Ivory cosmetic box in the shape of a duck


British Museum

British Museum

Toilet or cosmetic boxes of this sort were extremely popular throughout the Levant in the second half of the second millennium BC. Although Egyptian in origin, they were produced by Canaanite and, later, Phoenician craftsmen. This complete box was found in the palace at Alalakh. A similar box in the shape of a fish, discovered at Tell es-Sa'idiyeh, is now also in The British Museum. Alalakh lies at the heart of the fertile Plain of Antioch and was excavated between 1936 and 1949 by Leonard Woolley. A huge palace complex was revealed, which had been occupied from the start of the second millennium BC. At the time that this box was made, the city was subject to the king of Mitanni, a powerful state dominating north Mesopotamia. However, around 1370 BC, Alalakh was captured and destroyed by the Hittites from Anatolia who were expanding south into western Mitanni. The rebuilt city was finally brought to an end in the thirteenth century BC, most porbably by the Sea Peoples.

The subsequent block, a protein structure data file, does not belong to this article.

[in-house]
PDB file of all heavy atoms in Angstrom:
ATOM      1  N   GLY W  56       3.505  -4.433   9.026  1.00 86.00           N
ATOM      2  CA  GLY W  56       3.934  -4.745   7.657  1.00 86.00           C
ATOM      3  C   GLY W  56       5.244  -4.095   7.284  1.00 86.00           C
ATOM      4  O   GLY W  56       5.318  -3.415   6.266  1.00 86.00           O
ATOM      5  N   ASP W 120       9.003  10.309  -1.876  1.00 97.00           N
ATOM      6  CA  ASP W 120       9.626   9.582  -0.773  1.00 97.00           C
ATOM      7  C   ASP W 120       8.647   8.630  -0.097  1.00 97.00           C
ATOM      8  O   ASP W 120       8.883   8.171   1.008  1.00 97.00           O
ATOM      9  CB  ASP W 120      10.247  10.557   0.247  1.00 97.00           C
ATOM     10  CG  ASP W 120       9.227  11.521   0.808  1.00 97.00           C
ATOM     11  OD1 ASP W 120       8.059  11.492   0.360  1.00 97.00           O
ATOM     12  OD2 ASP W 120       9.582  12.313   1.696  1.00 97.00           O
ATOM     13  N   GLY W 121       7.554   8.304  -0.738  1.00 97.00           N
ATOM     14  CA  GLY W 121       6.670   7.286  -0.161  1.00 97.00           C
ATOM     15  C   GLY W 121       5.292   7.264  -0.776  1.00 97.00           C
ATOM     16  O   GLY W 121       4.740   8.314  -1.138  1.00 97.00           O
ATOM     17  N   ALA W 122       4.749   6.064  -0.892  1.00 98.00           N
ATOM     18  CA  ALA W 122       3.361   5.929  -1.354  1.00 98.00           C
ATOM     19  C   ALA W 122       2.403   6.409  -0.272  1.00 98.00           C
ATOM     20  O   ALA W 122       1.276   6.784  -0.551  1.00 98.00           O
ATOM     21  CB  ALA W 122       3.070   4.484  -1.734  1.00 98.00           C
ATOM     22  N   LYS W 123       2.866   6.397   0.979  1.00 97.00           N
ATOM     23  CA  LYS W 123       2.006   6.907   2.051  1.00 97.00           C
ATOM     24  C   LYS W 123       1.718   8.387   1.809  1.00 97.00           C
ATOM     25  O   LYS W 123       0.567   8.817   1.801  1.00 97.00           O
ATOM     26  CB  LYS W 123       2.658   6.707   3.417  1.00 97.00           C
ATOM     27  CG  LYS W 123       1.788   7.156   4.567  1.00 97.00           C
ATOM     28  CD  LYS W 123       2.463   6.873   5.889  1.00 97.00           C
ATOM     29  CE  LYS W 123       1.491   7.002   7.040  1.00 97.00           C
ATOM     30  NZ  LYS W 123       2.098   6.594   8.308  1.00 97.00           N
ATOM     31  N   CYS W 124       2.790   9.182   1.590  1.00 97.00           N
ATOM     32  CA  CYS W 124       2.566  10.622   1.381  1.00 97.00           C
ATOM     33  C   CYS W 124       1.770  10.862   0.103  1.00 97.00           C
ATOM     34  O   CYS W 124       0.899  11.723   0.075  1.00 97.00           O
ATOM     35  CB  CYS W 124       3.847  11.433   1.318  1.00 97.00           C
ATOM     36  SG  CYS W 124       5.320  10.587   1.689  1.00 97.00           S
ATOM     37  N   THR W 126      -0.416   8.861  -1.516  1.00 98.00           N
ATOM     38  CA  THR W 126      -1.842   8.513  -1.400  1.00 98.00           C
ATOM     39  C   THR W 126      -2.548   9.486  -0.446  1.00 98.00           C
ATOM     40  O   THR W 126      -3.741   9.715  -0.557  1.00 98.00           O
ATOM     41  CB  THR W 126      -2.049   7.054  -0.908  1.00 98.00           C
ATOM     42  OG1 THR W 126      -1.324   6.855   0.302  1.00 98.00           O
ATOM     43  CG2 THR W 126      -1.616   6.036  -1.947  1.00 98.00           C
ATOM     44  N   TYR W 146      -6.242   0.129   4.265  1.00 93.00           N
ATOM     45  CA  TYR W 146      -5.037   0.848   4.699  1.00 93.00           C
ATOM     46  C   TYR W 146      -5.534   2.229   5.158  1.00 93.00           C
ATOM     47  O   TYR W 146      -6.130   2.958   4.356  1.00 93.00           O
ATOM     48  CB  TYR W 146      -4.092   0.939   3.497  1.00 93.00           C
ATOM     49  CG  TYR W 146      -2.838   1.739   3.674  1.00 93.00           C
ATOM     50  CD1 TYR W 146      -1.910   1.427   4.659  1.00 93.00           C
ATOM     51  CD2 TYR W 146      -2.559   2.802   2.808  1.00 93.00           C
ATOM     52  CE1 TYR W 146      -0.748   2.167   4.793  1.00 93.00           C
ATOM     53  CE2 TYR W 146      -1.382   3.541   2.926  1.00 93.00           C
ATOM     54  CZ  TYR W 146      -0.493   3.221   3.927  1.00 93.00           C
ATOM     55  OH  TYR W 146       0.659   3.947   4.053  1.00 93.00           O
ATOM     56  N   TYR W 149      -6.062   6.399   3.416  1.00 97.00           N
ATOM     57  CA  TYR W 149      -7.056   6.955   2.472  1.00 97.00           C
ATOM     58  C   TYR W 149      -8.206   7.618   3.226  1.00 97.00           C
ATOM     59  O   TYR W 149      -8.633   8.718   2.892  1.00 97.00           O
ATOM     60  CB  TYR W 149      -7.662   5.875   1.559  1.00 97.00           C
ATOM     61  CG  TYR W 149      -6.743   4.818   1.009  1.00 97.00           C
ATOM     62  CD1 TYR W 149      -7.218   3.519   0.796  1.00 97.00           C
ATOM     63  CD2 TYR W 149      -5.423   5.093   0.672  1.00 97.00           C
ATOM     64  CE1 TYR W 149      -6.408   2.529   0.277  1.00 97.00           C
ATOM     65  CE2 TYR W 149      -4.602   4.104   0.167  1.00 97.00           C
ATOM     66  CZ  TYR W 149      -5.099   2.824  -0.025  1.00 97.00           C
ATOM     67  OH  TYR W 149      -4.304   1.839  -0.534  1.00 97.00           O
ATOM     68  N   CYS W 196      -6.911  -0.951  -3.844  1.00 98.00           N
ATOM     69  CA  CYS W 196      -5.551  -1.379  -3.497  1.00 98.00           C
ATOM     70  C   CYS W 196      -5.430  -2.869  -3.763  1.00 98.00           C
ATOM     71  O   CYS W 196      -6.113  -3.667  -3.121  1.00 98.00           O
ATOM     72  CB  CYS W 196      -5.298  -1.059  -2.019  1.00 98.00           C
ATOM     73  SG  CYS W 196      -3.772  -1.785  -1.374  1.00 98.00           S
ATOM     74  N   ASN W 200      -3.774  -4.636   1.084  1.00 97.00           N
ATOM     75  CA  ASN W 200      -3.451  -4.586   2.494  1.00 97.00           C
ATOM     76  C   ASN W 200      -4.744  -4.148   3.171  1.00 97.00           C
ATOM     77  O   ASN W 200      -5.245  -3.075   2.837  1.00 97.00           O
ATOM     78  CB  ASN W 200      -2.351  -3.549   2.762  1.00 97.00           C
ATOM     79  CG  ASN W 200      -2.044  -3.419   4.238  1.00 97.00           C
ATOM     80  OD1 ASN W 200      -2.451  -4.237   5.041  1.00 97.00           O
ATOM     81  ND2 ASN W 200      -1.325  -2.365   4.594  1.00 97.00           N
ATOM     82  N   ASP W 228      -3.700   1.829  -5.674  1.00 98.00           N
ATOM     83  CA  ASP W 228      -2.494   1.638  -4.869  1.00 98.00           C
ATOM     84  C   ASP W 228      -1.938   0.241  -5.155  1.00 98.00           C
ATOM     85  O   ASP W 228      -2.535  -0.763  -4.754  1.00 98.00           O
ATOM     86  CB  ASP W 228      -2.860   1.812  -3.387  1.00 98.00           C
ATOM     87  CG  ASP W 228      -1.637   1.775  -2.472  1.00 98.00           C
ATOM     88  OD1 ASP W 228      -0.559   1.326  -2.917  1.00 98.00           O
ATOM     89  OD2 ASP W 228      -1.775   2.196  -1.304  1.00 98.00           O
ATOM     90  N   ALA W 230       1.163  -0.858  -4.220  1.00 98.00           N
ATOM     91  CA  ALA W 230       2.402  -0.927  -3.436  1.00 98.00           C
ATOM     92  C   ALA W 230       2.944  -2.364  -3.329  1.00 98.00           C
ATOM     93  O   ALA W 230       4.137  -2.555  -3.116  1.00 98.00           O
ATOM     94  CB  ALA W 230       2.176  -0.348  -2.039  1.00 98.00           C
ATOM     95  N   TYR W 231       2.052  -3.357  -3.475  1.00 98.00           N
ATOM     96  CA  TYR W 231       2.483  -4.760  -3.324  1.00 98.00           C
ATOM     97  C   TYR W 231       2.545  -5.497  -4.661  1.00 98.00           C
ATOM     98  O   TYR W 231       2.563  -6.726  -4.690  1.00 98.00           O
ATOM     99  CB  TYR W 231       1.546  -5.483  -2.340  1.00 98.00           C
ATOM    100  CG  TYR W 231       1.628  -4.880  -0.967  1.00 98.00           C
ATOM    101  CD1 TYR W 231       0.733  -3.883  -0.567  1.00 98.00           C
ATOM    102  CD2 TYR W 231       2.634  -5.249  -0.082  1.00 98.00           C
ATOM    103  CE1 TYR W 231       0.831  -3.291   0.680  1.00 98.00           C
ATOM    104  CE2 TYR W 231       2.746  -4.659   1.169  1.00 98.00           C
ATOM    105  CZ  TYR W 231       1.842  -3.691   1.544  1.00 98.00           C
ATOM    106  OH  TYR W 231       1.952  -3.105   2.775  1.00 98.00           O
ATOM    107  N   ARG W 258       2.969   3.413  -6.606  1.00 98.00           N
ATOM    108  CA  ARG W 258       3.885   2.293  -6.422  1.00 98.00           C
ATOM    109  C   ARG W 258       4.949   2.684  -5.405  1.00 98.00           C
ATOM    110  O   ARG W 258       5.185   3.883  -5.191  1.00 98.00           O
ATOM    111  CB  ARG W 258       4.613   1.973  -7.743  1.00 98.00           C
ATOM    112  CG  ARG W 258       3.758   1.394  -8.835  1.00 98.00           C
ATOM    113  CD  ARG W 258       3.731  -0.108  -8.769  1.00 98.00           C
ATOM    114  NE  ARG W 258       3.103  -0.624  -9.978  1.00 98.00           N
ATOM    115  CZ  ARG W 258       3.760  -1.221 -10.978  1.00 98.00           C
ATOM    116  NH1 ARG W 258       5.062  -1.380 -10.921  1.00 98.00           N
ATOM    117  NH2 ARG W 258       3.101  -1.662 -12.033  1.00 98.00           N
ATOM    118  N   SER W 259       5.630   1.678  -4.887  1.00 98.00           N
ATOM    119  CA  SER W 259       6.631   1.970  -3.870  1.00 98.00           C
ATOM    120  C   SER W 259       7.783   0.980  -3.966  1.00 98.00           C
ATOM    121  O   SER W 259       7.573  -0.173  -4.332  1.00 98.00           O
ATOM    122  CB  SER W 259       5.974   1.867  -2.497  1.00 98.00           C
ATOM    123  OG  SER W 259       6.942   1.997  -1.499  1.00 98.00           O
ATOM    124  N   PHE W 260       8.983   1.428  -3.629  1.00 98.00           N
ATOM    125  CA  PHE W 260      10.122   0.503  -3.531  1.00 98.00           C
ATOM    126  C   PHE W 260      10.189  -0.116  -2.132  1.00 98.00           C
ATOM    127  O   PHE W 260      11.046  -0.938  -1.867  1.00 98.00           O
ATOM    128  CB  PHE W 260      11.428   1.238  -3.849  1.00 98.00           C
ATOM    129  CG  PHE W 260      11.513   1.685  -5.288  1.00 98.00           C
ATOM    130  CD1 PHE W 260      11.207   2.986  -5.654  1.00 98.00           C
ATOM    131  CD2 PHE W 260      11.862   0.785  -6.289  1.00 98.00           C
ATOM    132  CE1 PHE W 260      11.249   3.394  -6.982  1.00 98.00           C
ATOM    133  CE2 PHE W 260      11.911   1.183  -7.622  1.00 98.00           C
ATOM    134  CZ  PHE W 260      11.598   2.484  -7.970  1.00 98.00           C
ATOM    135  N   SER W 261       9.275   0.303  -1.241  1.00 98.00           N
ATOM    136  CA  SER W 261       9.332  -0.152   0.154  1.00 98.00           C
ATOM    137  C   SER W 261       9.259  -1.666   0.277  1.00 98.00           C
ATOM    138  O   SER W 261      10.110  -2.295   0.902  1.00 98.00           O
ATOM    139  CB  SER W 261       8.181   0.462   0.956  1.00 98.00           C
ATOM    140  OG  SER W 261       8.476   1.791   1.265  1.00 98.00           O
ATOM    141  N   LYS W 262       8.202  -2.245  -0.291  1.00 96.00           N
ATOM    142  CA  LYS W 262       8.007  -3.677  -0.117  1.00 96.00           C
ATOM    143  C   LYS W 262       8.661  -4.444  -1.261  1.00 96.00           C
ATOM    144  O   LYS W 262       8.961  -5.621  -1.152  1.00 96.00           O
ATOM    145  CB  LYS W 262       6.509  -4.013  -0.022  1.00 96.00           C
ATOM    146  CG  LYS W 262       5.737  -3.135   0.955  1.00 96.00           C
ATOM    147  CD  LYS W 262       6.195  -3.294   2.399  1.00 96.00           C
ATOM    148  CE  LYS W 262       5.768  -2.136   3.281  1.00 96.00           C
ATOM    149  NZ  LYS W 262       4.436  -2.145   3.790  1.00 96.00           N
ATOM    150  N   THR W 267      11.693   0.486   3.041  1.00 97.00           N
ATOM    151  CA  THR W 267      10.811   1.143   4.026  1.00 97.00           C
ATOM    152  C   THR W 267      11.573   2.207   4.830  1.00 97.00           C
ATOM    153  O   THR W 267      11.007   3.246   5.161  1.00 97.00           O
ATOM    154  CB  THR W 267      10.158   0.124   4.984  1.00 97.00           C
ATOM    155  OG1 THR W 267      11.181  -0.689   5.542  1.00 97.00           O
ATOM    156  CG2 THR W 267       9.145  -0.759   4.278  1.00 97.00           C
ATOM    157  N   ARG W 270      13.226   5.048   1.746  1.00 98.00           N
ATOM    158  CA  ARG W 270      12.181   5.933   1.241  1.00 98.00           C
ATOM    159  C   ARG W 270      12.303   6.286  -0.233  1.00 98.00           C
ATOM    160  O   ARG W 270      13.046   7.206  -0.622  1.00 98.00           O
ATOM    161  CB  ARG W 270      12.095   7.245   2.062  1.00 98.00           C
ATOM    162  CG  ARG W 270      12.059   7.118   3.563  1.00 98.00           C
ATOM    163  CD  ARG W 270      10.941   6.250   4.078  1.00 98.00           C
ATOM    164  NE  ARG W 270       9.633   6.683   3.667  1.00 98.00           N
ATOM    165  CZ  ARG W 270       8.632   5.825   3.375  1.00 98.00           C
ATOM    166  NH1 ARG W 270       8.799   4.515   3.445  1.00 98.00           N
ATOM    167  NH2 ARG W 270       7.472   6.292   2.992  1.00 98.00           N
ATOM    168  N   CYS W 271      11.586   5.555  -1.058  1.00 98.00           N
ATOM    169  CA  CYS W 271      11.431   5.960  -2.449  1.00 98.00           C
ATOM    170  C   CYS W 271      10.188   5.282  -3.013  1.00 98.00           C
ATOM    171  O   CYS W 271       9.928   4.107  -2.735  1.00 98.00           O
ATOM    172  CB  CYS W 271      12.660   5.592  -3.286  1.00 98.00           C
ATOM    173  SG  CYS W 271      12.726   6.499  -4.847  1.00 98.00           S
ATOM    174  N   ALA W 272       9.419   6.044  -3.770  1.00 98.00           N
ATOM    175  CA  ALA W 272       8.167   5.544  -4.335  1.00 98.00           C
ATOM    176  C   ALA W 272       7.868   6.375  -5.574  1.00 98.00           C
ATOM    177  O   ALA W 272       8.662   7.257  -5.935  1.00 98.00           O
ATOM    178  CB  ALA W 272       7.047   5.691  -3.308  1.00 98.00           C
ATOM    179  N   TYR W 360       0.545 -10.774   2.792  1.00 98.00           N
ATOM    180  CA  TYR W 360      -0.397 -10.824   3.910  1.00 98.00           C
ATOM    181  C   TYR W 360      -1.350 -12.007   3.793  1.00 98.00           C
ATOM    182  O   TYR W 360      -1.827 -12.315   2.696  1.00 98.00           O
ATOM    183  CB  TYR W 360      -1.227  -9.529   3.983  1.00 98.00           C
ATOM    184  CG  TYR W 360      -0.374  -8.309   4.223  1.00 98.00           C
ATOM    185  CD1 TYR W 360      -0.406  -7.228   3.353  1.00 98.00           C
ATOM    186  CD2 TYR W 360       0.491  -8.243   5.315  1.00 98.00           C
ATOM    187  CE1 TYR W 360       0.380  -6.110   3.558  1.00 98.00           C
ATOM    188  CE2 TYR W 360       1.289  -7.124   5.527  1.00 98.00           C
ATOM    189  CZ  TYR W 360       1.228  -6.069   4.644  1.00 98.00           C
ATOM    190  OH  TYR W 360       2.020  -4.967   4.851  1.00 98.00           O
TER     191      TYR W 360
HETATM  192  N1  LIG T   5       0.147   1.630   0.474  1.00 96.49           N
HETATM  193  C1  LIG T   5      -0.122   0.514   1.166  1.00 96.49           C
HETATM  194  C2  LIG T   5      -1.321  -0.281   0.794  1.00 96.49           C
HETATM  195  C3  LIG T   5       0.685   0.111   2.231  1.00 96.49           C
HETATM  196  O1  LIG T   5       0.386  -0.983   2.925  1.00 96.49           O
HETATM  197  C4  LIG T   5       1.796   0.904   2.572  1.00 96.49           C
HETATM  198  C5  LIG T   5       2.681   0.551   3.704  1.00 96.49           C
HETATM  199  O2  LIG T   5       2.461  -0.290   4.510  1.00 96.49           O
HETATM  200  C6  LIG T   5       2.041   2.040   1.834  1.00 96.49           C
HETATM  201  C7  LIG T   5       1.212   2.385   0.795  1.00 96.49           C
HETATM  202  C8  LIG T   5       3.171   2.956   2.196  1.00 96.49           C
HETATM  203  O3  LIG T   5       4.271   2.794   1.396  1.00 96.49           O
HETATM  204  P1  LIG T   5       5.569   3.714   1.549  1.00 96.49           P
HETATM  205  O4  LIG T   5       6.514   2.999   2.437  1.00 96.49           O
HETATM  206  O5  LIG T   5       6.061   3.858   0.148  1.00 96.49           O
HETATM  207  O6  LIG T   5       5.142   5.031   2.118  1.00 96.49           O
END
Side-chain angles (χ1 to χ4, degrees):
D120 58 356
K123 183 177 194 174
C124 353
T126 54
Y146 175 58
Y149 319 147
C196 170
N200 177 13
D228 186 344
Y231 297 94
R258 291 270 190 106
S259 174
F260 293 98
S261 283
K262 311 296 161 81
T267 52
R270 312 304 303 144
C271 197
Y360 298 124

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  • Title: Ivory cosmetic box in the shape of a duck
  • Date Created: -1500/-1370
  • Physical Dimensions: Length: 13.80cm; Height: 5.30cm
  • External Link: British Museum collection online
  • Subject: bird
  • Registration number: 1968,1016.1
  • Place: Excavated/Findspot Tell Atchana
  • Period/culture: Late Bronze Age
  • Material: ivory
  • Copyright: Photo: © Trustees of the British Museum
  • Acquisition: Excavated by Woolley, Charles Leonard


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